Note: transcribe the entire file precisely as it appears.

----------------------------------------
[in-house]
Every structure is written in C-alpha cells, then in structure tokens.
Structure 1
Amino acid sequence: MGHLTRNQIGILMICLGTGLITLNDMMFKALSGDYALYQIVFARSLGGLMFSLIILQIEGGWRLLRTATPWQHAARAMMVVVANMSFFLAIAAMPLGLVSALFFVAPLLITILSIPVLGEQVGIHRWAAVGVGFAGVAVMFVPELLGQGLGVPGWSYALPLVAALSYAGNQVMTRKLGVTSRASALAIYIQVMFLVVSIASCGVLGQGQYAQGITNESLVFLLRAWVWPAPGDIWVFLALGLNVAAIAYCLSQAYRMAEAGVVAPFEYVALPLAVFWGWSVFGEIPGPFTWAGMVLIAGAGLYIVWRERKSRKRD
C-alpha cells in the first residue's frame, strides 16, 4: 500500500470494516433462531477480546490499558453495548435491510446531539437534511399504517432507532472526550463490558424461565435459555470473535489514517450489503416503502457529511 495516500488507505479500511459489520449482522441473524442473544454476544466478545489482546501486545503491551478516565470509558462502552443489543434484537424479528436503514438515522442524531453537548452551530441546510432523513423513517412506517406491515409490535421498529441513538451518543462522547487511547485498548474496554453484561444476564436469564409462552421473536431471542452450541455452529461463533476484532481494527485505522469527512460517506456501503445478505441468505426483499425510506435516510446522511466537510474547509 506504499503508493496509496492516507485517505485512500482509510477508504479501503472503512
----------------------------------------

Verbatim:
[in-house]
Every structure is written in C-alpha cells, then in structure tokens.
Structure 1
Amino acid sequence: MGHLTRNQIGILMICLGTGLITLNDMMFKALSGDYALYQIVFARSLGGLMFSLIILQIEGGWRLLRTATPWQHAARAMMVVVANMSFFLAIAAMPLGLVSALFFVAPLLITILSIPVLGEQVGIHRWAAVGVGFAGVAVMFVPELLGQGLGVPGWSYALPLVAALSYAGNQVMTRKLGVTSRASALAIYIQVMFLVVSIASCGVLGQGQYAQGITNESLVFLLRAWVWPAPGDIWVFLALGLNVAAIAYCLSQAYRMAEAGVVAPFEYVALPLAVFWGWSVFGEIPGPFTWAGMVLIAGAGLYIVWRERKSRKRD
C-alpha cells in the first residue's frame, strides 16, 4: 500500500470494516433462531477480546490499558453495548435491510446531539437534511399504517432507532472526550463490558424461565435459555470473535489514517450489503416503502457529511 495516500488507505479500511459489520449482522441473524442473544454476544466478545489482546501486545503491551478516565470509558462502552443489543434484537424479528436503514438515522442524531453537548452551530441546510432523513423513517412506517406491515409490535421498529441513538451518543462522547487511547485498548474496554453484561444476564436469564409462552421473536431471542452450541455452529461463533476484532481494527485505522469527512460517506456501503445478505441468505426483499425510506435516510446522511466537510474547509 506504499503508493496509496492516507485517505485512500482509510477508504479501503472503512